Spotted Speckled Wood

Today we begin with this gallery of Jackie’s photographs of me photographing yesterday’s ponies and Ogdens North.

When leaving Brockenhurst on a forest drive we normally pass a small area of woodland.

This morning I spied a pony through the trees, so Jackie parked and I followed the wildlife.

Birds sang in the taller trees; distant dogs barked;

fresh acorns gently thudded onto the forest floor joining last year’s crop,

ageing autumn leaves, this year’s fungus, and moss-covered fallen trunks.

The area is interlaced with dry streams, the beds still soft enough to cross without twisting an ankle, yet not muddy enough to suck off a shoe. Lichen covered tree stumps and russet leaves remain crisp.

A gravelled path links the wood with Rhinefield Road and a stretch of open land. Pedestrians take the path

or, like cyclists, runners, dog owners, cars, and motorcycles, pass on by.

Appropriately enough, I spotted a speckled wood butterfly.

Rudbeckia was the floral decoration to Jackie’s tasty beef pie for this evening’s dinner served with boiled new potatoes; crunchy carrots, cauliflower, and broccoli; tender runner beans, and thick, meaty gravy, with which she drank Hoegaarden and I drank more of the Bordeaux.

Published by derrickjknight

I am a septuagenarian enjoying rambling physically and photographing what I see, and rambling in my head as memories are triggered. I also ramble through a lifetime's photographs

75 thoughts on “Spotted Speckled Wood

  1. My favorite of this group is the header photo. I love the brown of the butterfly againt the vivid green leaves. I also like the various series. All in all, a good day of photography for the Knights!

  2. Beautiful photos from you and Jackie. It’s always fun to see you in action.
    I particularly like the pony in woodland shot and your header. Like Liz said, the brown against the green is a beautiful contrast, but I also like the composition and the shadow of the butterfly on the leaf.

    1. Thanks very much, Jill. It was doubly shocking about Pauline since she had seemed to have recovered well. She was always first to read my post and was worried if I was late – so I learned of the stroke quite quickly. She will be missed by many.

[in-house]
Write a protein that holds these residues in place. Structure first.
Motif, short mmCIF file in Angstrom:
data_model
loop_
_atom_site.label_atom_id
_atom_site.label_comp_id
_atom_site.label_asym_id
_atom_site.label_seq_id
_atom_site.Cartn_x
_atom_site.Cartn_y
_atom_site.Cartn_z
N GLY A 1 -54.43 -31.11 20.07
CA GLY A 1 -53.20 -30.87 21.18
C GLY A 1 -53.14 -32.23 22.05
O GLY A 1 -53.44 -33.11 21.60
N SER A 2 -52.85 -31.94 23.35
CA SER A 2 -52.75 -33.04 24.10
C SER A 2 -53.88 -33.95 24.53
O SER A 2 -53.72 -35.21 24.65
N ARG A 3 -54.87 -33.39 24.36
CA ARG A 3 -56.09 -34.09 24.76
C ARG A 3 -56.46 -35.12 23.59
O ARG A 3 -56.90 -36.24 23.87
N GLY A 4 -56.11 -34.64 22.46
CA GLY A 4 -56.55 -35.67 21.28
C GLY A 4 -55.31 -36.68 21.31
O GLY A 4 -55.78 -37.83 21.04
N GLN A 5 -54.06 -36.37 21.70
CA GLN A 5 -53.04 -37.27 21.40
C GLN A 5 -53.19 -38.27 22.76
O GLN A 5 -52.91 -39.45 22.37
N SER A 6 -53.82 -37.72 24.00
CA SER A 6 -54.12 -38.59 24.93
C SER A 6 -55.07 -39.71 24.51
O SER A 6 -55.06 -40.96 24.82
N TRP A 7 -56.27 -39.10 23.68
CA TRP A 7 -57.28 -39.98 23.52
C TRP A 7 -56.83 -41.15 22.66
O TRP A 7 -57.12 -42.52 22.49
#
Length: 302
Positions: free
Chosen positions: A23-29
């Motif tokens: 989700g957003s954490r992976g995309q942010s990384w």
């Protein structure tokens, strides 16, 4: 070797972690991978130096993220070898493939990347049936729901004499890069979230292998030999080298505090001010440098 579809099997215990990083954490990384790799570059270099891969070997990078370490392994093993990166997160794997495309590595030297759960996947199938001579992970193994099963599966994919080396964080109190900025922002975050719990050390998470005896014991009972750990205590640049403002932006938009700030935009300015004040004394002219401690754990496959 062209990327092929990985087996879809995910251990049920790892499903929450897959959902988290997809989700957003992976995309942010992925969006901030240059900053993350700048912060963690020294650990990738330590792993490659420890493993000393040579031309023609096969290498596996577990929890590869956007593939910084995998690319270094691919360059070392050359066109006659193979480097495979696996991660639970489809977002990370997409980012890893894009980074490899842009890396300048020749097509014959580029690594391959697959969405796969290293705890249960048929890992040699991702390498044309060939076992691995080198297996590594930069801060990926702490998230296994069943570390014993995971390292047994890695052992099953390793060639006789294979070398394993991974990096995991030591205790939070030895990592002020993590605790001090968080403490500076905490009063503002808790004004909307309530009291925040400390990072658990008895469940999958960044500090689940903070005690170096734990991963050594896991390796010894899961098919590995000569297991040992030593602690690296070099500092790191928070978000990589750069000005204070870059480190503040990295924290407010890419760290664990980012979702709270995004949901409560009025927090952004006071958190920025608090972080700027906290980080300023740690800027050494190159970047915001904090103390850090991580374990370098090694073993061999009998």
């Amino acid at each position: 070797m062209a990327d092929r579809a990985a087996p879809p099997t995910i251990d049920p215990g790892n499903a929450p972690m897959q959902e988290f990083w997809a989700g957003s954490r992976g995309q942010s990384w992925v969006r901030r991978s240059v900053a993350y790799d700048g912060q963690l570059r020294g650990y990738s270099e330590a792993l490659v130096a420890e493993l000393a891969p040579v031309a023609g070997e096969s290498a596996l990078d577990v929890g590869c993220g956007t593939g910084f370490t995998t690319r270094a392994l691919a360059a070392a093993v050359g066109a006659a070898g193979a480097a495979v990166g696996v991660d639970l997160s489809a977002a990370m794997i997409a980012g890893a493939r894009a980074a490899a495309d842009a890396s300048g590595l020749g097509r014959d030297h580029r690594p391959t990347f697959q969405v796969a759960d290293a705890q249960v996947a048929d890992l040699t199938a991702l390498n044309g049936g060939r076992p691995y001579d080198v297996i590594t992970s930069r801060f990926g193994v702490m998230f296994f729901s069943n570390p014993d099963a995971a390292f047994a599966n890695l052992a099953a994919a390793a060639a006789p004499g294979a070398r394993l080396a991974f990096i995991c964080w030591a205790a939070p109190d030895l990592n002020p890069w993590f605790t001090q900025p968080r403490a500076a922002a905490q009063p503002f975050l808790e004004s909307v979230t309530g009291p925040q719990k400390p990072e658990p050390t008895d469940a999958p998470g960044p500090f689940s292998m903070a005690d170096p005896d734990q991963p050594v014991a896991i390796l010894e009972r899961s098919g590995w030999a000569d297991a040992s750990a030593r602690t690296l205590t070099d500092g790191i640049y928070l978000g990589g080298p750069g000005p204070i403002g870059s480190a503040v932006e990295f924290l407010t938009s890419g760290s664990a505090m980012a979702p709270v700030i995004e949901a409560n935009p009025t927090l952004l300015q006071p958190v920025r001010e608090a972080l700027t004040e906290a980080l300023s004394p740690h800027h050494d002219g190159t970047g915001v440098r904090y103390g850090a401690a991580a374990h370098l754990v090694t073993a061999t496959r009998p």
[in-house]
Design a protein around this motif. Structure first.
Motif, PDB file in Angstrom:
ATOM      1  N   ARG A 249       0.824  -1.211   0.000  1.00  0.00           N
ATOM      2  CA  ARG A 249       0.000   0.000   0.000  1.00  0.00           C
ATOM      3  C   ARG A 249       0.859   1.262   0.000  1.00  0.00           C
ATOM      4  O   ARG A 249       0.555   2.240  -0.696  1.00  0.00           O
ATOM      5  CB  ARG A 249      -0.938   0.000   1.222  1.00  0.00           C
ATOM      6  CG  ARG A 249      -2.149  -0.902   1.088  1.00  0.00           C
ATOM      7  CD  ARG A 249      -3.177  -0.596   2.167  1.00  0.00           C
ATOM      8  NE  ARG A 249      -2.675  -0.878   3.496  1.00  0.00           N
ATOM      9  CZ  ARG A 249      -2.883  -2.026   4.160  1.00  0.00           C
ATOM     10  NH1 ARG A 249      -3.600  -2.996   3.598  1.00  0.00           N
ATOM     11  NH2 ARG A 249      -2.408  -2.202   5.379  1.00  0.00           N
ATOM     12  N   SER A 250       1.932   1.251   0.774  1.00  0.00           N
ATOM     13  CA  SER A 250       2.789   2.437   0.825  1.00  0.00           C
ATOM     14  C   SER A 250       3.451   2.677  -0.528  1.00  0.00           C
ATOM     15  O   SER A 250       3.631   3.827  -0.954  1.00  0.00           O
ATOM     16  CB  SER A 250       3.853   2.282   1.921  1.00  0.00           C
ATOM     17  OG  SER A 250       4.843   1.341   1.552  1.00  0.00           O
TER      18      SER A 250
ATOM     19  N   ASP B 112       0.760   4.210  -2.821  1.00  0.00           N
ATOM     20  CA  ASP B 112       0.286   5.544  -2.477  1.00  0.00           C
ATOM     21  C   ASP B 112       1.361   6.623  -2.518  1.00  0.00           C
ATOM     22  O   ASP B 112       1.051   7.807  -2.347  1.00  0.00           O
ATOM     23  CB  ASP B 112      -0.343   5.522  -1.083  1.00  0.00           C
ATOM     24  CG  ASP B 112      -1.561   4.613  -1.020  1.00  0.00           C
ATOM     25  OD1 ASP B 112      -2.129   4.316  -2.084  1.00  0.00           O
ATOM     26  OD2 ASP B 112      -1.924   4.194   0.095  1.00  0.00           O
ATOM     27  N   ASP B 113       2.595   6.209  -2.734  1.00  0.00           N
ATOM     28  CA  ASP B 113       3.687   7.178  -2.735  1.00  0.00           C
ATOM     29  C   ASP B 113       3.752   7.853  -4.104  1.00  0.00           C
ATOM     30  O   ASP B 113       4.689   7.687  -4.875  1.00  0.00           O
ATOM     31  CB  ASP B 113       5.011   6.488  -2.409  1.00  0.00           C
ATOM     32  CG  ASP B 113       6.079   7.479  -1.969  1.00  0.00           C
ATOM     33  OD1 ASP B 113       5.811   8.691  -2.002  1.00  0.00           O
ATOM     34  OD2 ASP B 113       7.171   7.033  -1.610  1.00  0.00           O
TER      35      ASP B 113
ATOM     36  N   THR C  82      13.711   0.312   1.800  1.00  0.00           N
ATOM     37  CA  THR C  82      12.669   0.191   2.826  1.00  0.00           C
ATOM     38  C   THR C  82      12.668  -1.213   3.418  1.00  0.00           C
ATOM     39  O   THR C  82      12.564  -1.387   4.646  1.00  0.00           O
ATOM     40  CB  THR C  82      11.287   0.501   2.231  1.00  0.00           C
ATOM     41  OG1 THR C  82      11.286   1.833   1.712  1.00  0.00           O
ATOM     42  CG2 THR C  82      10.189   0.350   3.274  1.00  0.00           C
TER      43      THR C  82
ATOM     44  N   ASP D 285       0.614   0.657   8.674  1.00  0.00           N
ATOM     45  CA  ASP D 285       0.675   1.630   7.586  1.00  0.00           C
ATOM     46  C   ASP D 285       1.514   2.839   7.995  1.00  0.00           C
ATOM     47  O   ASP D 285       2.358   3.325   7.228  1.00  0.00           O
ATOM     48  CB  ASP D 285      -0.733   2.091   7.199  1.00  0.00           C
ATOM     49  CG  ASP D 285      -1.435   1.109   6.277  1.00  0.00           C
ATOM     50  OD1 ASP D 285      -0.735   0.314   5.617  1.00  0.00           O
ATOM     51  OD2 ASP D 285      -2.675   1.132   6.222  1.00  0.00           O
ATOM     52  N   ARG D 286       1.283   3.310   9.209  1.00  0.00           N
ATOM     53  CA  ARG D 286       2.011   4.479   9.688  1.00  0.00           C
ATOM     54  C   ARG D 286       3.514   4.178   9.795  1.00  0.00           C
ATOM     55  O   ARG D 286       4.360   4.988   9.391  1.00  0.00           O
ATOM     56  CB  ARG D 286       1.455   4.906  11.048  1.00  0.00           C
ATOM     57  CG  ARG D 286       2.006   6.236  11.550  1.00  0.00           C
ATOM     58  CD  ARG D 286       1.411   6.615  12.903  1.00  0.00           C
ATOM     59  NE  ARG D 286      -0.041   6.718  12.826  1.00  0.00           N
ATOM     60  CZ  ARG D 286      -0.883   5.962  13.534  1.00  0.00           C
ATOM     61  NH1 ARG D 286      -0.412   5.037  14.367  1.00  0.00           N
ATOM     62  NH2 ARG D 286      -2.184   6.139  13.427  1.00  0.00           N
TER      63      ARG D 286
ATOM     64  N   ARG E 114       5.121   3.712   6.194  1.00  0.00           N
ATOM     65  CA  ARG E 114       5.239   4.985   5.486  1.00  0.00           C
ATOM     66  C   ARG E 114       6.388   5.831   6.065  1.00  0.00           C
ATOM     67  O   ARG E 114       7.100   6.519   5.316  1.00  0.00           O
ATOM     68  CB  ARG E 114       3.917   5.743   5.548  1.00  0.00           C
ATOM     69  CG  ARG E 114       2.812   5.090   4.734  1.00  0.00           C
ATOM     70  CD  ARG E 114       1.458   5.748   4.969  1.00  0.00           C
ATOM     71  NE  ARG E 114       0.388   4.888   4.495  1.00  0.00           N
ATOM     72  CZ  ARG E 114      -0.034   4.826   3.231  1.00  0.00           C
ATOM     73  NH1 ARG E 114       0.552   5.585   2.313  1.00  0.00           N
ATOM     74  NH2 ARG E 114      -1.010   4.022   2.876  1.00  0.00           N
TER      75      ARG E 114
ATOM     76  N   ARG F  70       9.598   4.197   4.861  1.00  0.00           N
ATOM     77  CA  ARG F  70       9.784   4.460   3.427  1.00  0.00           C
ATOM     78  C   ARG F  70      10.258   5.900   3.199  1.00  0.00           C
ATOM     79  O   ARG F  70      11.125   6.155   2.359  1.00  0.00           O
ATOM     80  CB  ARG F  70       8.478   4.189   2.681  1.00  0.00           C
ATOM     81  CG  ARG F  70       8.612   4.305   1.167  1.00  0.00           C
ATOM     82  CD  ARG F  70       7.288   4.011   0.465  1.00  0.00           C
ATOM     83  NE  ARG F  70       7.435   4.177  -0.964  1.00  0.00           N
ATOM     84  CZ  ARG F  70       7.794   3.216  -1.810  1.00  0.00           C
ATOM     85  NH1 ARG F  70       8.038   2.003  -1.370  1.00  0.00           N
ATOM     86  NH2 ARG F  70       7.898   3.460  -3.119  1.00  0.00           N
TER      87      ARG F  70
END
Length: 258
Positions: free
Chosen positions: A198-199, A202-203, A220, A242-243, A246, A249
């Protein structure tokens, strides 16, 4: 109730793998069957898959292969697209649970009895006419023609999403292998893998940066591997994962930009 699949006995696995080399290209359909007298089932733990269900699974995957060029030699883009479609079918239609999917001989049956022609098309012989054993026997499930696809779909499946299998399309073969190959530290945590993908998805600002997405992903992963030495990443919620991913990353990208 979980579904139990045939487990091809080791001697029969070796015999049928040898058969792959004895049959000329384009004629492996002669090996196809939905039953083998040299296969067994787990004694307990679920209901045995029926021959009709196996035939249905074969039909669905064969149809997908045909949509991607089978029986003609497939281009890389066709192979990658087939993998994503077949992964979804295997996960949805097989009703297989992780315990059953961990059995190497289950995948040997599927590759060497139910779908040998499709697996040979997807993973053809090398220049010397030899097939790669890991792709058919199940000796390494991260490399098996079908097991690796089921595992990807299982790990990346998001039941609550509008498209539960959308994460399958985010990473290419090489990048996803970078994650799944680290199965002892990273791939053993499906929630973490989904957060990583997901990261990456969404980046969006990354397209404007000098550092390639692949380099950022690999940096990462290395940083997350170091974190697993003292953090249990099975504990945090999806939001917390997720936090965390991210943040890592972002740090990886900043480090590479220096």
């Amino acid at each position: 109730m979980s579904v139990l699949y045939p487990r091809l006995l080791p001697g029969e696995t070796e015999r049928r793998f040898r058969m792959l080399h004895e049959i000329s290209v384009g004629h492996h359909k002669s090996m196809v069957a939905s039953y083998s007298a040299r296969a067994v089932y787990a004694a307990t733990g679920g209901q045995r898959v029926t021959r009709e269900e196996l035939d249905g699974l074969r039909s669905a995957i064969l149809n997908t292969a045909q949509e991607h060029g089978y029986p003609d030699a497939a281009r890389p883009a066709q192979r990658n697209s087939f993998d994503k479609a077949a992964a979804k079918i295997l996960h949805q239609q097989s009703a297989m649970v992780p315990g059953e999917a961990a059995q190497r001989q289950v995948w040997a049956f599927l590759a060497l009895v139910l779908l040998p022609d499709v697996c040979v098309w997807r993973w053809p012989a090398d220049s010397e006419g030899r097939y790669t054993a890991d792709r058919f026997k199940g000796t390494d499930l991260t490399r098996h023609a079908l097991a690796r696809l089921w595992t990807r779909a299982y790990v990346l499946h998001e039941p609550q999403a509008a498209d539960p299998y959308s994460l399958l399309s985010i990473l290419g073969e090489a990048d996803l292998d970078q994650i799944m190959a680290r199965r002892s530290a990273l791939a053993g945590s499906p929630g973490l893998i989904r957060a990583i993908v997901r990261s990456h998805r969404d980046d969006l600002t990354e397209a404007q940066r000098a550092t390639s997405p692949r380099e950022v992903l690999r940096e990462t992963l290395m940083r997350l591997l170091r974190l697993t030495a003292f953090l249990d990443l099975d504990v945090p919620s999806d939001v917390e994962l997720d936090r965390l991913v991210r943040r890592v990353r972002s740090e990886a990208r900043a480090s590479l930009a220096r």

3. I think that you should get more artful still and have pictures of a photographer taking pictures of a photographer taking pictures of a photographer. You could then have an exhibition and start a whole trend.

  4. Acorns have begun to fall here as well. It always surprises me and I feel a little betrayed at the end of summer–even if I should have known. Those pony photos in the forest are quite magical. And the B&W ones seem more so.

  5. Your post makes me want to take a walk in woodland and eat a meat pie for lunch!
    Unfortunately, there are no ponies wandering free in our forests.

  6. What wonderful sights you saw and finds you found and photographed! Love seeing you with your charming equine friends! πŸ™‚
    The meat pie is too pretty to eat. But, well, I would have a big piece anyways!!! πŸ˜‰
    Sweet butterfly photo! He wasn’t trying to hide from you…and I’m so glad he paused long enough before fluttering away! πŸ™‚
    That shoe-sucking-mud πŸ˜€ is scary…glad you didn’t encounter any. πŸ™‚
    HUGS!!! πŸ™‚

  7. I know someone who describes particularly disagreeable people as ‘mudsuckers.’ I’ve never seen Rudbeckia on the dinner table — especially as pastry decoration. Beautiful and creative!

  8. You have a talented wife!

    Amazing how dramatic black and white can make a scene. Perhaps it is by association but it makes the images timeless in my mind.

  9. I wonder if you enjoyed making these black and white photos as much as I enjoy viewing them, Derrick. To my eyes, they are more expressive than the same photos in color.
    The pie is gorgeous; my compliments to the Culinary Queen.

    1. Thanks very much, Dolly. Part of my enjoyment is knowing that you and some others like B/W. I agree with you about expressiveness – to me it depends on the form and how important the colour is.

  10. Ah, I missed this post with the pie in its entirety! Yes, beautiful… and by the looks of the picture with a few pieces gone, it was delicious, too. Autumn is in full swing in the area interlaced with dry streams, lichen-covered tree stumps and russet leaves. It caused me to trade out my summertime table runner for the one with browns, oranges, and a touch of deep green. Yes, ’tis the season for russet leaves… and aspen turning green to yellow. A lovely season indeed. You captured it so well, {{{Derrick.}}}

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